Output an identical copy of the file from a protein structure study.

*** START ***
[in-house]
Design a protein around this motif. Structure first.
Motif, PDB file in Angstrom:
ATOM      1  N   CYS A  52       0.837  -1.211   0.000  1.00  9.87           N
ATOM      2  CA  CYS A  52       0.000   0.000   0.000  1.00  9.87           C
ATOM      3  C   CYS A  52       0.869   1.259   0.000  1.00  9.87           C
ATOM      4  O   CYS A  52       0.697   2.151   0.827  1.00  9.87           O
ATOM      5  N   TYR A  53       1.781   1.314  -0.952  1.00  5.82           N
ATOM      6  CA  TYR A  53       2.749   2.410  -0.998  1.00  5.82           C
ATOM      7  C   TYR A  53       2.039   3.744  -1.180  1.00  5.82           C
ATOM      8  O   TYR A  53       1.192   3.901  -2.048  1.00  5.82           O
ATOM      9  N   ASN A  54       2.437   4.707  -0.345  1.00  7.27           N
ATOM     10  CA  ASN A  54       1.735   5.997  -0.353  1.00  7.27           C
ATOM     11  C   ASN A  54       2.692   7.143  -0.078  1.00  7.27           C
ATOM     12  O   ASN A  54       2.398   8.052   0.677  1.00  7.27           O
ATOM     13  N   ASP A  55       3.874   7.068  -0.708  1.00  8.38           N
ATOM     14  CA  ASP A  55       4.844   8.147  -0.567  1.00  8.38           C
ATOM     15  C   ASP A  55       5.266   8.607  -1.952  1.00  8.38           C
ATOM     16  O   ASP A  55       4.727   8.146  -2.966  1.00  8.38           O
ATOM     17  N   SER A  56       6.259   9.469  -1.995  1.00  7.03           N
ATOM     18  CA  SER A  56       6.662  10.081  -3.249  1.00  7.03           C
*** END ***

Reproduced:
[in-house]
Design a protein around this motif. Structure first.
Motif, PDB file in Angstrom:
ATOM      1  N   CYS A  52       0.837  -1.211   0.000  1.00  9.87           N
ATOM      2  CA  CYS A  52       0.000   0.000   0.000  1.00  9.87           C
ATOM      3  C   CYS A  52       0.869   1.259   0.000  1.00  9.87           C
ATOM      4  O   CYS A  52       0.697   2.151   0.827  1.00  9.87           O
ATOM      5  N   TYR A  53       1.781   1.314  -0.952  1.00  5.82           N
ATOM      6  CA  TYR A  53       2.749   2.410  -0.998  1.00  5.82           C
ATOM      7  C   TYR A  53       2.039   3.744  -1.180  1.00  5.82           C
ATOM      8  O   TYR A  53       1.192   3.901  -2.048  1.00  5.82           O
ATOM      9  N   ASN A  54       2.437   4.707  -0.345  1.00  7.27           N
ATOM     10  CA  ASN A  54       1.735   5.997  -0.353  1.00  7.27           C
ATOM     11  C   ASN A  54       2.692   7.143  -0.078  1.00  7.27           C
ATOM     12  O   ASN A  54       2.398   8.052   0.677  1.00  7.27           O
ATOM     13  N   ASP A  55       3.874   7.068  -0.708  1.00  8.38           N
ATOM     14  CA  ASP A  55       4.844   8.147  -0.567  1.00  8.38           C
ATOM     15  C   ASP A  55       5.266   8.607  -1.952  1.00  8.38           C
ATOM     16  O   ASP A  55       4.727   8.146  -2.966  1.00  8.38           O
ATOM     17  N   SER A  56       6.259   9.469  -1.995  1.00  7.03           N
ATOM     18  CA  SER A  56       6.662  10.081  -3.249  1.00  7.03           C